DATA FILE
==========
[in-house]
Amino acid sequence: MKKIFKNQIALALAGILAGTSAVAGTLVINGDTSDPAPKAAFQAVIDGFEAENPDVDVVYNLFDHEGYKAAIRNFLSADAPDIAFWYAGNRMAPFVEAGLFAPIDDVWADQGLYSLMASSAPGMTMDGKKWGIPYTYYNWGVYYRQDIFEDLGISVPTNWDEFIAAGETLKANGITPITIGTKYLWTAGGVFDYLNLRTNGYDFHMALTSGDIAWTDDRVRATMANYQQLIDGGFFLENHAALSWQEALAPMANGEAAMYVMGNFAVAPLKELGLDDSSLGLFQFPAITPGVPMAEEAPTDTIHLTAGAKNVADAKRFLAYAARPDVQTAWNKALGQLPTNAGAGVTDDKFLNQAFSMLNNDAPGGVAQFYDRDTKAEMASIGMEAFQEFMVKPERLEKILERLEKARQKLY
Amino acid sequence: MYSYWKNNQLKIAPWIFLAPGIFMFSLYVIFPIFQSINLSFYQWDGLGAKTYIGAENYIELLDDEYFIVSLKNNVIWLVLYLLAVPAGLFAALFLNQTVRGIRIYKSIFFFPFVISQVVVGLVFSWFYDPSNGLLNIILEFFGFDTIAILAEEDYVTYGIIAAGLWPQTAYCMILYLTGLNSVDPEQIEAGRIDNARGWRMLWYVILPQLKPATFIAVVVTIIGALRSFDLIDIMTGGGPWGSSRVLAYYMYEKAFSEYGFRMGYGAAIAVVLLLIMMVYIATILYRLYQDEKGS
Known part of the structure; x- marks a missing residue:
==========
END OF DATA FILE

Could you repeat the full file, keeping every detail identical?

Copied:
[in-house]
Amino acid sequence: MKKIFKNQIALALAGILAGTSAVAGTLVINGDTSDPAPKAAFQAVIDGFEAENPDVDVVYNLFDHEGYKAAIRNFLSADAPDIAFWYAGNRMAPFVEAGLFAPIDDVWADQGLYSLMASSAPGMTMDGKKWGIPYTYYNWGVYYRQDIFEDLGISVPTNWDEFIAAGETLKANGITPITIGTKYLWTAGGVFDYLNLRTNGYDFHMALTSGDIAWTDDRVRATMANYQQLIDGGFFLENHAALSWQEALAPMANGEAAMYVMGNFAVAPLKELGLDDSSLGLFQFPAITPGVPMAEEAPTDTIHLTAGAKNVADAKRFLAYAARPDVQTAWNKALGQLPTNAGAGVTDDKFLNQAFSMLNNDAPGGVAQFYDRDTKAEMASIGMEAFQEFMVKPERLEKILERLEKARQKLY
Amino acid sequence: MYSYWKNNQLKIAPWIFLAPGIFMFSLYVIFPIFQSINLSFYQWDGLGAKTYIGAENYIELLDDEYFIVSLKNNVIWLVLYLLAVPAGLFAALFLNQTVRGIRIYKSIFFFPFVISQVVVGLVFSWFYDPSNGLLNIILEFFGFDTIAILAEEDYVTYGIIAAGLWPQTAYCMILYLTGLNSVDPEQIEAGRIDNARGWRMLWYVILPQLKPATFIAVVVTIIGALRSFDLIDIMTGGGPWGSSRVLAYYMYEKAFSEYGFRMGYGAAIAVVLLLIMMVYIATILYRLYQDEKGS
Known part of the structure; x- marks a missing residue: